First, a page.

We give those with employer-provided – tax free insurance plus they can itemize out of pocket whereas those on the bottom tiers have no similar options.

    Why not let people – no matter their employment benefits – write off their health insurance and out of pocket expenses? everyone – all citizens get the same tax deal?

    what do some of us get very favorable tax treatment on health care and others at the margins actually discriminated against on tax preferences.

    so let the country decide if they want everyone to have tax preferences for health care … or not.. but if we want to talk about economic freedom – the current system is not as economically free for those disadvantaged.

  10. I’d rather give tax credits to individuals than have a revenue guarantee for big insurance companies. Watch that issue confound Congress (the revenue guarantee, that is).

  11. re: Obamacare vs an alternative.

    well, we’re still on the “let me count the ways I hate ObamaCare”

    rather than:

    “he’s what we should do instead”

    OR even better!

    here’s what we can do to correct ObamaCare’s flaws AND make it BETTER!

    every nation that beats us on economic freedom has universal health care which provides one of the best kinds of economic freedom – job mobility.

    I think the opponents are so focused on their opposition that they’re not seeing what is going to happen with people who suddenly are free to pursue any job without regard to “benefits”.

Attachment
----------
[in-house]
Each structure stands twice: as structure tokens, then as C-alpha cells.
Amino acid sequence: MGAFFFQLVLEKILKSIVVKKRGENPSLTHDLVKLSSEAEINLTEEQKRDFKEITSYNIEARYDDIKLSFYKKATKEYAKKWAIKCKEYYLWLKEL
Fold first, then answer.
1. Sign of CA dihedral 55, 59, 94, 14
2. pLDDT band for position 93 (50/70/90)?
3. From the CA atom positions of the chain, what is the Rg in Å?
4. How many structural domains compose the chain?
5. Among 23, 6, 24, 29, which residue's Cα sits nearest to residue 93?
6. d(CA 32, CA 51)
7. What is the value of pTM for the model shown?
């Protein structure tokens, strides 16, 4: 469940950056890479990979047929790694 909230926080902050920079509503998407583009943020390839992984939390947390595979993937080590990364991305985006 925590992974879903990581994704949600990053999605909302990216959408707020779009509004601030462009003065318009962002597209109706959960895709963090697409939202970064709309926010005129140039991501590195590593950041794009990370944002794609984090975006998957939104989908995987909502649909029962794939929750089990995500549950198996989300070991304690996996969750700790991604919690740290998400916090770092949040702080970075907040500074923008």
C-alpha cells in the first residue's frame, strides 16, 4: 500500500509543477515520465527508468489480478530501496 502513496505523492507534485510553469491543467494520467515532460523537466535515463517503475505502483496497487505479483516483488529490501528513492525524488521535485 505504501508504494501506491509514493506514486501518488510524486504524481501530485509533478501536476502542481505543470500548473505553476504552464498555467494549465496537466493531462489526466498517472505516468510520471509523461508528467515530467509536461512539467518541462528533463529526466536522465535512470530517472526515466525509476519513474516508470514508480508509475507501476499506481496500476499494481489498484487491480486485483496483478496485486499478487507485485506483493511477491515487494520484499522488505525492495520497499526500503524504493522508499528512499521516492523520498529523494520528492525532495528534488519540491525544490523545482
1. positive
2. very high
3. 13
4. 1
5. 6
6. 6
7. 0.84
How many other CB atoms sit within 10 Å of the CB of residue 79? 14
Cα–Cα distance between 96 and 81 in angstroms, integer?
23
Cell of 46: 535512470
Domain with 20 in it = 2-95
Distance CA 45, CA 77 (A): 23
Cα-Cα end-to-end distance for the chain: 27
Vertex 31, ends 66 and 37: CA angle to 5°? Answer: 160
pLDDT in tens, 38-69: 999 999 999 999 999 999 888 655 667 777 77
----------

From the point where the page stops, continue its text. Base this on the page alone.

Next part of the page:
this will have a profound impact on our economy and for businesses which depend on benefits to keep employees… from leaving – those businesses are going to have to scramble to keep their good people.

    I think the GOP is literally and figuratively whistling Dixie!

    1. How many times do I need to write this? Congress needs to grandfather everyone who has insurance such that they can keep it and their companies can continue the relationship so long as they both are happy. The feds’ jack-boot tactics cannot be permitted. If Obamacare offers desirable attributes, people can elect to join on their own. If companies want to offer insurance, they can continue to do so. I’d give workers an option to take the money spent and use it in an ACA pool if the employer’s plan doesn’t meet the ACA standards. I’d repeal the guarantee of revenue for the insurance companies. And celebrate on January 20, 2017 when our worst-ever president retires.

      1. and I’ll continue to say this – if there is only opposition and no alternatives, how do we get there?

        the fed is no more jack-booted today than under Reagan who himself signed the Medicare Catastrophic legislation that ultimately was repealed – AND replaced with Medicare Part C – the subsidized advantage program.

        if you spend from now til 2017 blaming Obama.. you’ve done nothing… where are the alternatives? this is a massive fail on the part of the opponents – not Obama… this is a failure to govern on the part of those who oppose.

  12. Obama got his plan. He is responsible for it and must take the licks. Could you imagine Harry Truman dodging responsibility?

    Would a bill that grandfathered all existing insured and plans that passed the House even get a vote in the Senate? It’s Obama’s mess 100%.

  13. not about Obama.. it’s about those who would repeal but have no alternatives.

    it loses .. in the longer run.. come 2017.. the opponents are going to be a relevant as the Benghazi complainers.